Polis, CU President Tussle Over Pot Law

December 12, 2012

Benson warned of steep financial consequences if the university system did not comply with the Drug-Free Schools and Communities Act

WASHINGTON — U.S. Rep. Jared Polis decried an email that University of Colorado President Bruce D. Benson sent to alumni last week about the possibility of its four campuses losing federal funding if marijuana is permitted to be smoked there.

In two messages on his Twitter account, the Boulder Democrat tweeted that Benson’s email was “false” and “misleading.”

One Polis Tweet quoted from Benson’s statement that the school stands to lose significant federal funding if it violates a 1989 federal anti-drug law.

“FALSE. Nothing in Amend64 requires CU let marijuana on campus,” Polis wrote.

Elected to a third term last month, Polis, 38, has been an outspoken advocate for gay issues, public education funding, and opposition to the Iraq War.

Benson’s email warned of steep financial consequences if the university system did not comply with the Drug-Free Schools and Communities Act by failing to ban marijuana on its campuses.

“Marijuana threatens to cost the university nearly a billion dollars annually in federal revenue, money we can ill afford to lose,” Benson wrote, noting the system brings in $800 million in federal research funds and $100 million in student financial aid each year.

Benson was an opponent of Amendment 64, the successful state initiative that legalizes the consumption and possession of up to one ounce of marijuana for adults 21 and older. As the head of a university system with tens of thousands of undergraduate and graduate students, the 74 year old has sought to counter the impression that its flagship campus, at Boulder, is a haven for pot smokers, taking steps to shut down an annual smoke-out event at the vast campus last April.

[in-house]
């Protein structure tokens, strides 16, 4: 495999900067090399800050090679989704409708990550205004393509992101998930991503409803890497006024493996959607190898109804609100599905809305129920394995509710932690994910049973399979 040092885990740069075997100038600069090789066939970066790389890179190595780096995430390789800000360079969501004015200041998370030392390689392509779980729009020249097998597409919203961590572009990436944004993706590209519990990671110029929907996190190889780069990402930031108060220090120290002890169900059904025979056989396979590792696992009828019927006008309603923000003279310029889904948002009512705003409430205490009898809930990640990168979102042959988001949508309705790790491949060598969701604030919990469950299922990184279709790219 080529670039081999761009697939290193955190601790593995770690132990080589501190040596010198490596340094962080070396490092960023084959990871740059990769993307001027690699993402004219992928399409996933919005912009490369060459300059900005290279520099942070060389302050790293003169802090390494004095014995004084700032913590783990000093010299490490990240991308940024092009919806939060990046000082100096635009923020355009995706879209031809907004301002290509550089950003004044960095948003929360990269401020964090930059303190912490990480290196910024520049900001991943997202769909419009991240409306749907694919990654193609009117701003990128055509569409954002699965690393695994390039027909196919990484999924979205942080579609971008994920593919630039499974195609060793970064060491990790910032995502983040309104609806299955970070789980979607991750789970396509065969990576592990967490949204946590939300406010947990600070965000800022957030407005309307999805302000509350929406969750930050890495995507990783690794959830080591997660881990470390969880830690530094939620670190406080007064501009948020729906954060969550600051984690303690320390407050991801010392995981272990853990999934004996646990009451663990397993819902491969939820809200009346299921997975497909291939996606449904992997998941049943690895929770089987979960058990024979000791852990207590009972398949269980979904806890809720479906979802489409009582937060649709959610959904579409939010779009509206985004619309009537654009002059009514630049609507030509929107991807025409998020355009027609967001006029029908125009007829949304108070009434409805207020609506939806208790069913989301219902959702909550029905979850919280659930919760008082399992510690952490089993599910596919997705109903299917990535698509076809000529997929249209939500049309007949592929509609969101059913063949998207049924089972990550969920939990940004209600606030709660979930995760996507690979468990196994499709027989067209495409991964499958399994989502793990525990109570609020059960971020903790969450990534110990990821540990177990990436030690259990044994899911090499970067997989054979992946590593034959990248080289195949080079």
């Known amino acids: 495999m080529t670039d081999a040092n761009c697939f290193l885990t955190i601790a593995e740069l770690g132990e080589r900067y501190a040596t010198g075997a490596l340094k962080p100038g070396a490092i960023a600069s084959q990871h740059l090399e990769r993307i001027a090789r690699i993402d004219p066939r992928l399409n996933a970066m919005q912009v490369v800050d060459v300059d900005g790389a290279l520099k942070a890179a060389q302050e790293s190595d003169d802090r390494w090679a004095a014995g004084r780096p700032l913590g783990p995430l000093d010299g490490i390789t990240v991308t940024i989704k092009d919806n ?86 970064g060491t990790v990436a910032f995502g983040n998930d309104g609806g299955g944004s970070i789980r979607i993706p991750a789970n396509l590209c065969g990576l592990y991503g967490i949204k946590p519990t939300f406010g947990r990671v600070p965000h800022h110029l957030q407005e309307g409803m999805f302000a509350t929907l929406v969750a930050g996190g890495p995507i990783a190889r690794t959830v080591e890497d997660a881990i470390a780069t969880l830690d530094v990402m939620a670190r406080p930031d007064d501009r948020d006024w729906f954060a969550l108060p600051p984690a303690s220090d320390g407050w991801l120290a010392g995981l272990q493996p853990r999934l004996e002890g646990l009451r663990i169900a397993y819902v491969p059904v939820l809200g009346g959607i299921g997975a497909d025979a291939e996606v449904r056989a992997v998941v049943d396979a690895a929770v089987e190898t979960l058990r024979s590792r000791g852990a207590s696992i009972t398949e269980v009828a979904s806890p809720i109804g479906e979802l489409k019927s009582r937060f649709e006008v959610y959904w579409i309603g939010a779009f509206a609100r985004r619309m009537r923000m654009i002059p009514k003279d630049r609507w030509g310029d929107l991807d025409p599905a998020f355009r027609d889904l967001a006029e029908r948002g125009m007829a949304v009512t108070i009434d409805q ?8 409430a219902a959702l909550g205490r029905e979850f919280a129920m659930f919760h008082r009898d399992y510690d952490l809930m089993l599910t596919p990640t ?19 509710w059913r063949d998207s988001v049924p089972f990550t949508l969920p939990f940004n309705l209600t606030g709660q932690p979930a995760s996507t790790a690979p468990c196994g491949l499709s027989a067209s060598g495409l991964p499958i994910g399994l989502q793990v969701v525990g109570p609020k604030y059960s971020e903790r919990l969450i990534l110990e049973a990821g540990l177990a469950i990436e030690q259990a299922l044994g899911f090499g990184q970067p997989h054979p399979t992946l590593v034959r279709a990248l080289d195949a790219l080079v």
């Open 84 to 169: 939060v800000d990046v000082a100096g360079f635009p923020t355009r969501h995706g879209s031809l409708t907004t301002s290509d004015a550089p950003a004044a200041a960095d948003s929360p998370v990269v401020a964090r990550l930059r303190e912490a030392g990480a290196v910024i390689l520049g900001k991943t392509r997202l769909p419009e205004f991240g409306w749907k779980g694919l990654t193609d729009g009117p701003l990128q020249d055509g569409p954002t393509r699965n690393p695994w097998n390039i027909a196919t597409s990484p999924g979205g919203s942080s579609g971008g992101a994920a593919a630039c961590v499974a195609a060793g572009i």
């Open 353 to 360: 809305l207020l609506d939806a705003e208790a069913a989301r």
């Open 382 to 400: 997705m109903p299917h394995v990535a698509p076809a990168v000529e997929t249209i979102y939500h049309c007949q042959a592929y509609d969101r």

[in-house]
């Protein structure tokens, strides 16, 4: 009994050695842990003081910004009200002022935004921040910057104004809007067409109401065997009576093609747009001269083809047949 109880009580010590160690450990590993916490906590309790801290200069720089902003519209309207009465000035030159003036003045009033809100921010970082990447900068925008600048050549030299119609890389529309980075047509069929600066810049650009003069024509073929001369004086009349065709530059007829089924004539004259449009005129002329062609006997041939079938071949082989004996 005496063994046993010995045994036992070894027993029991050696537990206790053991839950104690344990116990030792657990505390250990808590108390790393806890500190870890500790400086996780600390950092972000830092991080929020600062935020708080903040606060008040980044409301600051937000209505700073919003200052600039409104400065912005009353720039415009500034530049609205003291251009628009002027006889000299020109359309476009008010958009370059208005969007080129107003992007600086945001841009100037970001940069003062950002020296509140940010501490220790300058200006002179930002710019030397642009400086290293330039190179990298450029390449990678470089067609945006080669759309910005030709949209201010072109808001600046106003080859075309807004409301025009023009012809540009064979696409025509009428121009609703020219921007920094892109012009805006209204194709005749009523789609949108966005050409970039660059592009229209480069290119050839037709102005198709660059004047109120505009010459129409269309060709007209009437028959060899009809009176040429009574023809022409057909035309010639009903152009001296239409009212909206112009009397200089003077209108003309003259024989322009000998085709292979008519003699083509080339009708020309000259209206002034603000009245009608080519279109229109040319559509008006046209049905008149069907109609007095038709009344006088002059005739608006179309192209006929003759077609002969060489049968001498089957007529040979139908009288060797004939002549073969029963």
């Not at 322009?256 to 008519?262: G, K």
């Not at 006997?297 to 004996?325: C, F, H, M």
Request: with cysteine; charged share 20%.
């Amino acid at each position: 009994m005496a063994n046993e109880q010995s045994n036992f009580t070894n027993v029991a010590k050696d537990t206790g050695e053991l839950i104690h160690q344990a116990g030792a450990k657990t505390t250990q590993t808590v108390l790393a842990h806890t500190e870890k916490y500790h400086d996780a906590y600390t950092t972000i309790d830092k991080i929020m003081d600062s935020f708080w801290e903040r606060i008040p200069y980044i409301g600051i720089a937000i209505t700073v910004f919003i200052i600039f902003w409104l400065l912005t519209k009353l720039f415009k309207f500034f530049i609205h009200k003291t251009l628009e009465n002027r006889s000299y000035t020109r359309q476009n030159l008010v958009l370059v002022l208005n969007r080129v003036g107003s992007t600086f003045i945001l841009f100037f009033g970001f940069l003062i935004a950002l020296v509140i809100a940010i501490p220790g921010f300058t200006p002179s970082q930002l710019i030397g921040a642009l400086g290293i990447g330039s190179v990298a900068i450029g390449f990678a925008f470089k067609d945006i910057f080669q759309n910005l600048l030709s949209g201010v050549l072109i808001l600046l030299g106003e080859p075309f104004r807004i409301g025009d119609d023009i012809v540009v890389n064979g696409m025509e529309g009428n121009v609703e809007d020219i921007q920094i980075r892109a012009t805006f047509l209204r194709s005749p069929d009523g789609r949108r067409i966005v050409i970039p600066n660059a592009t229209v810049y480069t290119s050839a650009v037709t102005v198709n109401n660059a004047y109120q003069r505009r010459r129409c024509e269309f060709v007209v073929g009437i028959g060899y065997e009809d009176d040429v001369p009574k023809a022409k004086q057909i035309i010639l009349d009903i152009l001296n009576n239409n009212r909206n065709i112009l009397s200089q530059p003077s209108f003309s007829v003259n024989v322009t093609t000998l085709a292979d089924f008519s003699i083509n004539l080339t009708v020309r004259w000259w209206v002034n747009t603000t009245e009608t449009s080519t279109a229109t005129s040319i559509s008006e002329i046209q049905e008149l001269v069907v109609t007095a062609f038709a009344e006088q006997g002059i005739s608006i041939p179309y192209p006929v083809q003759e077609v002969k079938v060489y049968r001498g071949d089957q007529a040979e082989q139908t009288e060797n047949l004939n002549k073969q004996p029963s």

Benson, who also has a Twitter account, did not respond to Polis’ tweets.

The contretemps between a university president and a member of Congress generated many stories and comments in the mainstream press and on social media; it was reminiscent of tussles in the late 1960s and early 1970s when faculty members criticized university presidents for their remarks and positions on the Vietnam War.

But Polis’ tweets and Benson’s message are not necessarily at loggerheads. One Polis tweet said that Benson’s message stated that “CU risks federal funding because of Amend64.”

In fact, Benson’s email did not say the system would lose funding because of the mere fact that marijuana use would be legal in Colorado. It implied the university system needed to prohibit marijuana to not lose federal funding.

“We are not only within our rights to ban marijuana on our campuses, it is the right thing to do,” Benson wrote.

It is true that Amendment 64 allows schools to ban or regulate marijuana.

In section 6D, the initiative states, “Nothing in this section shall prohibit a person, employer, school, hospital, detention facility, corporation or any other entity who occupies, owns or controls a property from prohibiting or otherwise regulating the possession, consumption, use, display, transfer, distribution, sale, transportation, or growing of marijuana on or in that property.”

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